Exploring the Water-Thermoelectric Power Nexus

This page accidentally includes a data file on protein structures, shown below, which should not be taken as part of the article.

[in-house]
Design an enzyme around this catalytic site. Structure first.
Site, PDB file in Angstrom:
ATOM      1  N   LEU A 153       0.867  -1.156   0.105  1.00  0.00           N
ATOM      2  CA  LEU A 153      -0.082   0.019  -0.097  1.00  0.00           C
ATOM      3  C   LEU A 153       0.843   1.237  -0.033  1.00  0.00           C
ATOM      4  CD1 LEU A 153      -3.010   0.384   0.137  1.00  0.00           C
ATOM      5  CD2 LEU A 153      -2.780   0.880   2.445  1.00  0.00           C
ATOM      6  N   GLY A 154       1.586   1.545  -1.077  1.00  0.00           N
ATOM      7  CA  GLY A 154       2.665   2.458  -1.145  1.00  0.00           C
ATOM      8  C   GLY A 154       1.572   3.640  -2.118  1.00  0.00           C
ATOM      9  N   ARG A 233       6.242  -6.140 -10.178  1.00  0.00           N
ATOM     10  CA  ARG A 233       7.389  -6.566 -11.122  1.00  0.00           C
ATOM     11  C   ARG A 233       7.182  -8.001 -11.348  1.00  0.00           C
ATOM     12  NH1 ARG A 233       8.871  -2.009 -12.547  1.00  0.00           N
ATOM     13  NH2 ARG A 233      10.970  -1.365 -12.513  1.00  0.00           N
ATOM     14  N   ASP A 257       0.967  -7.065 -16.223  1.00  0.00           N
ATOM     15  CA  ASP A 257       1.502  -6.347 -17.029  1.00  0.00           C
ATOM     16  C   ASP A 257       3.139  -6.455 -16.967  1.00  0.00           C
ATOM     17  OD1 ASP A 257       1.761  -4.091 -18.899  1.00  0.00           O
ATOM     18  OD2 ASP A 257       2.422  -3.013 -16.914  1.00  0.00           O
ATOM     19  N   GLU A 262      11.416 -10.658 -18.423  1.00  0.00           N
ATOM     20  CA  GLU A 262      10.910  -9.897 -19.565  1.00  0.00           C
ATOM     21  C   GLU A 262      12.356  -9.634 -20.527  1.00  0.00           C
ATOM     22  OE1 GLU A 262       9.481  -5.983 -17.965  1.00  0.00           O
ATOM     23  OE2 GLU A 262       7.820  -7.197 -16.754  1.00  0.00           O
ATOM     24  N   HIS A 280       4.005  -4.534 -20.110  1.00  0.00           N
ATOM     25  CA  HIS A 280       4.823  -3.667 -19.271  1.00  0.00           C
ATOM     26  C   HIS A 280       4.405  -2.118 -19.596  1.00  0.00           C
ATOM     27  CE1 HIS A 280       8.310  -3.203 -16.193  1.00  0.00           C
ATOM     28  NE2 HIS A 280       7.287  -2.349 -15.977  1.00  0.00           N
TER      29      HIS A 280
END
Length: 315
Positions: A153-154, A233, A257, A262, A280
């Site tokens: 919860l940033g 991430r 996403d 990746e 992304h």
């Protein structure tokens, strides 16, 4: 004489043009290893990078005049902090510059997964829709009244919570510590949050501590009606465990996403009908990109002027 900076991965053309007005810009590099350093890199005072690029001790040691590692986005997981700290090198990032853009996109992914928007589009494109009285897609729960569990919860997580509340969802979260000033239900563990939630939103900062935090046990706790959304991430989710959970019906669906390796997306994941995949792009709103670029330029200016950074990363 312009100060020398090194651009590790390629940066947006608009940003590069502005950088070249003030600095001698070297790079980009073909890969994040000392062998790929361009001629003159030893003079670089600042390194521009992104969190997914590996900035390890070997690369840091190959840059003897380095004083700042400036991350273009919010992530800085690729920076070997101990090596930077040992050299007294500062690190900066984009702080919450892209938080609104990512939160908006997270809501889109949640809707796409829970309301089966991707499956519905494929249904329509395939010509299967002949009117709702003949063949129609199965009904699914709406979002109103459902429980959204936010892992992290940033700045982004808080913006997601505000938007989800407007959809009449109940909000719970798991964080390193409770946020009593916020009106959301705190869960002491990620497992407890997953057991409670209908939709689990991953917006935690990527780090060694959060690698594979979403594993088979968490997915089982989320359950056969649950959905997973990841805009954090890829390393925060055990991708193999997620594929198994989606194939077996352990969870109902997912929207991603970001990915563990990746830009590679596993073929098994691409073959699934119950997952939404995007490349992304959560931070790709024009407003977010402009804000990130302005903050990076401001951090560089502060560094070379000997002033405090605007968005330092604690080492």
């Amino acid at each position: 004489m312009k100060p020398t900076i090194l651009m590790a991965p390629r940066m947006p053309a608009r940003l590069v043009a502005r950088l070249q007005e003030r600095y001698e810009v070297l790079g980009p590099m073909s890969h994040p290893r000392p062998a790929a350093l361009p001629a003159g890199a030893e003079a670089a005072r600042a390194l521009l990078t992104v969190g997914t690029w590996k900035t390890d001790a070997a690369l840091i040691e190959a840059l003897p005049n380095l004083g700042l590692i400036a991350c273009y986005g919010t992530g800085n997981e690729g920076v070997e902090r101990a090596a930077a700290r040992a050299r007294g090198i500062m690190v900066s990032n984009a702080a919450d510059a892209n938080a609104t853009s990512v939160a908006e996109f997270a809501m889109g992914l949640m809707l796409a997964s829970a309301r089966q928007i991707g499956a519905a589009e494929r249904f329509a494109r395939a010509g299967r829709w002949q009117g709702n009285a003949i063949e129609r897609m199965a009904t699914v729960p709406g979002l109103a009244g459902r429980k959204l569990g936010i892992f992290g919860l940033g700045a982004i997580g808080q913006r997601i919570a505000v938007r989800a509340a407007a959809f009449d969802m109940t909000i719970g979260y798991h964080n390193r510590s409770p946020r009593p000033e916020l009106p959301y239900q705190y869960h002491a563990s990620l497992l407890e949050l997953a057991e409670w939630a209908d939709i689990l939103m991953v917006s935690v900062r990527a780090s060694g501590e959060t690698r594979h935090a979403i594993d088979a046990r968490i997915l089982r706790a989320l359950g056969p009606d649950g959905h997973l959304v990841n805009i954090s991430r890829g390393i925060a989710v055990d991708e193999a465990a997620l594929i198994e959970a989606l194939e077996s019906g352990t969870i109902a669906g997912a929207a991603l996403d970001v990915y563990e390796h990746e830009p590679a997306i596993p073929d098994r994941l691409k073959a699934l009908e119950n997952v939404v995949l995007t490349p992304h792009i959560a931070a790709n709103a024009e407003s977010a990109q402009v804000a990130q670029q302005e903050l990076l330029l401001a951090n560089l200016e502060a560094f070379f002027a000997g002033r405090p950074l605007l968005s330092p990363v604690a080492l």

In 2005, thermoelectric power accounted for 41% of all freshwater withdrawals and roughly 3% of all consumptive use in the United States. With the demand for electricity projected to increase by 24% by 2035 concerns have been raised as to the availability of water for this growing industry; particularly, as the siting of several new thermoelectric facilities have been challenged on the basis of water supply. To address this concern we estimate the potential impact of water availability on future expansion of the thermoelectric power industry. Specifically, both the extent and location of thermoelectric developments at risk due to limited fresh water supply is estimated for a variety of alternative energy futures that differ according to the assumed mix of fuels utilized in new plant construction. According to the analyzed scenarios water consumption for thermoelectric power generation is projected to increase by 36–43% between 1995 and 2035, with much of this development expected to occur in basins with rapidly growing demands in the nonthermoelectric sectors. To identify where this thermoelectric development might be problematic, projected future thermoelectric production has been mapped onto basins subject to limited water availability. For the purposes of this study, water availability is defined as a local ratio of water demand to physical water supply. Results suggest that 10–19% of all new thermoelectric power production is likely to be sited in watersheds with limited surface and/or groundwater availability. These problematic watersheds are largely located in the West.